Your Suitcase Can Change The World: Pack for a Purpose

Feb 7, 2013

This post contains references to products from one or more of our advertisers. We may receive compensation when you click on links to those products. Terms apply to the offers listed on this page. For an explanation of our Advertising Policy, visit this page.

Last week I wrote about visiting an orphanage during the safari portion of my trip to South Africa that my safari operator, Savanna Lodge, supports and helps run with help from a charity called Pack For A Purpose. Today, TPG contributor Stacy Suaya delves further into the travel-based charity and its work around the globe.

With so many carry-on and checked baggage rules and fees these days, packing is all about thinking strategically. Many of us roll our clothes and pare down our electronics. One man oddly confesses tucking bananas into his shoes and many women invest in convertible clothing. Not one inch of that precious luggage real estate should go to waste, right?

Up until today, filling my suitcase to the brim effectively and efficiently was like a badge of honor and a point of personal pride. But next time I book a ticket, I may very well utilize five pounds of that treasured cargo space for deflated soccer balls, stethoscopes and rulers among other things.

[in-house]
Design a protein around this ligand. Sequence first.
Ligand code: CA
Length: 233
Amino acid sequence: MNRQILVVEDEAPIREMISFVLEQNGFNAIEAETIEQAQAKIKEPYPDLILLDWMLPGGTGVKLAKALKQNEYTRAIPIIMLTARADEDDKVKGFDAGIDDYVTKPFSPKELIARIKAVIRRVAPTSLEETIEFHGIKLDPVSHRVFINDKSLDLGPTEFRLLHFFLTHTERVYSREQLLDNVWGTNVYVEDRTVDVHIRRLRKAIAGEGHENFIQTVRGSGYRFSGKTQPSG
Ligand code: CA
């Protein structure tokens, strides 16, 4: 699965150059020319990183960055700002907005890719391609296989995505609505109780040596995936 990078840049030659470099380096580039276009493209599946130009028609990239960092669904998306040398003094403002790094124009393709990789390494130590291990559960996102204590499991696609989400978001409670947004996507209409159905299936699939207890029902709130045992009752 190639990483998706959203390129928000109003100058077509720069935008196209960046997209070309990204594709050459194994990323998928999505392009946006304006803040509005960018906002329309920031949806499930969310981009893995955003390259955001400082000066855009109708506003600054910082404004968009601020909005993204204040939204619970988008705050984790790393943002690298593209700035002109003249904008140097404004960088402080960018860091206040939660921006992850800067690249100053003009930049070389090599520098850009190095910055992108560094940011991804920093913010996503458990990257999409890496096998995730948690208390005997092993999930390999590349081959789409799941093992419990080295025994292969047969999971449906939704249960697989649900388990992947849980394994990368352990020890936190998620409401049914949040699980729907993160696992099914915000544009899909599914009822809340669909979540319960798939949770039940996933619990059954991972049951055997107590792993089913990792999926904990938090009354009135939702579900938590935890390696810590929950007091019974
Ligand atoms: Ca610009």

Schoolchildren in Van, Turkey receive school supplies from Pack for a Purpose, delivered by the Ritz-Carlton Istanbul.
Schoolchildren in Van, Turkey, receive school supplies from Pack for a Purpose, delivered by the Ritz-Carlton Istanbul.

Obviously, many countries could use supplies desperately. That’s where Pack for a Purpose comes in. The organization was founded to assist travelers with up-to-date information about much-needed supplies for community-based projects supported by lodgings and hotels around the globe.

I spoke with the founder of Pack for a Purpose, Rebecca Rothney about the work her organization does and how she got started. Rothney is a former teacher and entrepreneur, and was inspired to found Pack for a Purpose after a 2008 visit to Kenya where she brought in-demand supplies for a local school and medical clinic. She’s on her way to Zambia in June, where she’ll be packing 250 pounds of supplies for local communities she’ll be visiting. Of course, she has been doing this for five years now so she knows all the secrets for maximizing the amount of luggage she can possibly bring.

Rebecca is most interested in one small idea that could produce a huge amount of good – all it would take to make a big difference is if everyone would pack just five pounds of supplies each time they traveled. “Leaving one pair of shoes at home lets you bring 150 pencils or four solar calculators,” she says. “Five pounds equals a stethoscope, a blood pressure cuff and 500 band-aids; or 5 deflated soccer balls with an inflation device; or 400 pencils. Five pounds can make a big impact to a community.”

How It Works